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High Court Rules against Northern Ireland's Abortion Law

  • Associated Press

FILE - A Pro-Life campaigner demonstrates outside the Irish Parliament ahead of a vote to allow limited abortion in Ireland, Dublin, July 10, 2013. A Belfast High Court ruling is expected to ease Northern Ireland's strict anti-abortion laws to make it easier for women to terminate pregnancies in some cases.

FILE - A Pro-Life campaigner demonstrates outside the Irish Parliament ahead of a vote to allow limited abortion in Ireland, Dublin, July 10, 2013. A Belfast High Court ruling is expected to ease Northern Ireland's strict anti-abortion laws to make it easier for women to terminate pregnancies in some cases.

A Belfast High Court ruling is expected to ease Northern Ireland's strict anti-abortion laws to make it easier for women to terminate pregnancies in some cases.

Judge Mark Horner said Monday that certain abortion prohibitions violate the rights of women. He said this applies in cases where a fetus has fatal abnormalities or when a woman became pregnant as a result of sexual crimes like rape and incest.

Abortions are illegal in Northern Ireland except in extreme cases when a woman's life is deemed at risk from her pregnancy.

John Larkin, attorney general for Northern Ireland, said he was “profoundly disappointed” by the court's ruling and said he is studying grounds for a possible appeal.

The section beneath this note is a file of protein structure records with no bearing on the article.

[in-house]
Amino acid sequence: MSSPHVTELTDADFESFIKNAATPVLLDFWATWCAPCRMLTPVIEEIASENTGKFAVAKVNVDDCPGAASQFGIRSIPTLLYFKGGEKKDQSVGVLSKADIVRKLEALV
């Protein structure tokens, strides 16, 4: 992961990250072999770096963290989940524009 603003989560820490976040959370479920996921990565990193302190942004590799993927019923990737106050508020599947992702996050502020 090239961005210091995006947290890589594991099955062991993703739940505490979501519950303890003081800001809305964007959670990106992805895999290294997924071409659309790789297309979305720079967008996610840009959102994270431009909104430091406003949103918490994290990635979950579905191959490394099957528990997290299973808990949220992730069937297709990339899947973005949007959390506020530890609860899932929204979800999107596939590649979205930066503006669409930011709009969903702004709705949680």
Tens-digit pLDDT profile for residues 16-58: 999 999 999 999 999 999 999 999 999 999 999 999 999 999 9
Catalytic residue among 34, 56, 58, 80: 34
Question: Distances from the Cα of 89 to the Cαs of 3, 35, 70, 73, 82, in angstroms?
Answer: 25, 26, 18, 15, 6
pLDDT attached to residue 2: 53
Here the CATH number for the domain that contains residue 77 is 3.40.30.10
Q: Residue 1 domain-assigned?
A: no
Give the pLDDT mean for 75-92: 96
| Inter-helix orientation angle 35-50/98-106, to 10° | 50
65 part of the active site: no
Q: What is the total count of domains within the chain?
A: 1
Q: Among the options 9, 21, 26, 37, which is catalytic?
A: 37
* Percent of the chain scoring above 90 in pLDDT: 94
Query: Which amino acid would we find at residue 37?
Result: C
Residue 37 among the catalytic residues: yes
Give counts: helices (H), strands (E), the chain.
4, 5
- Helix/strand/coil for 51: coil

Judge Horner said the present law making it illegal for a mother carrying a fetus with a fatal abnormity to terminate her pregnancy constitutes a “gross interference with her personal autonomy.”

He said in such cases “there is no life to protect” because the fetus cannot survive independently once it leaves the womb.

Horner also said the existing law is unfair to victims of sexual crimes who become pregnant.

“She has to face all the dangers and problems, emotional or otherwise, of carrying a fetus for which she bears no moral responsibility and is merely a receptacle to carry the child of a rapist and/or a person who has committed incest, or both,” he said.

The legal challenge had been brought by the Northern Ireland Human Rights Commission.

“Today's result is historic, and will be welcomed by many of the vulnerable women and girls who have been faced with these situations,” said Les Allamby, the group's commissioner.

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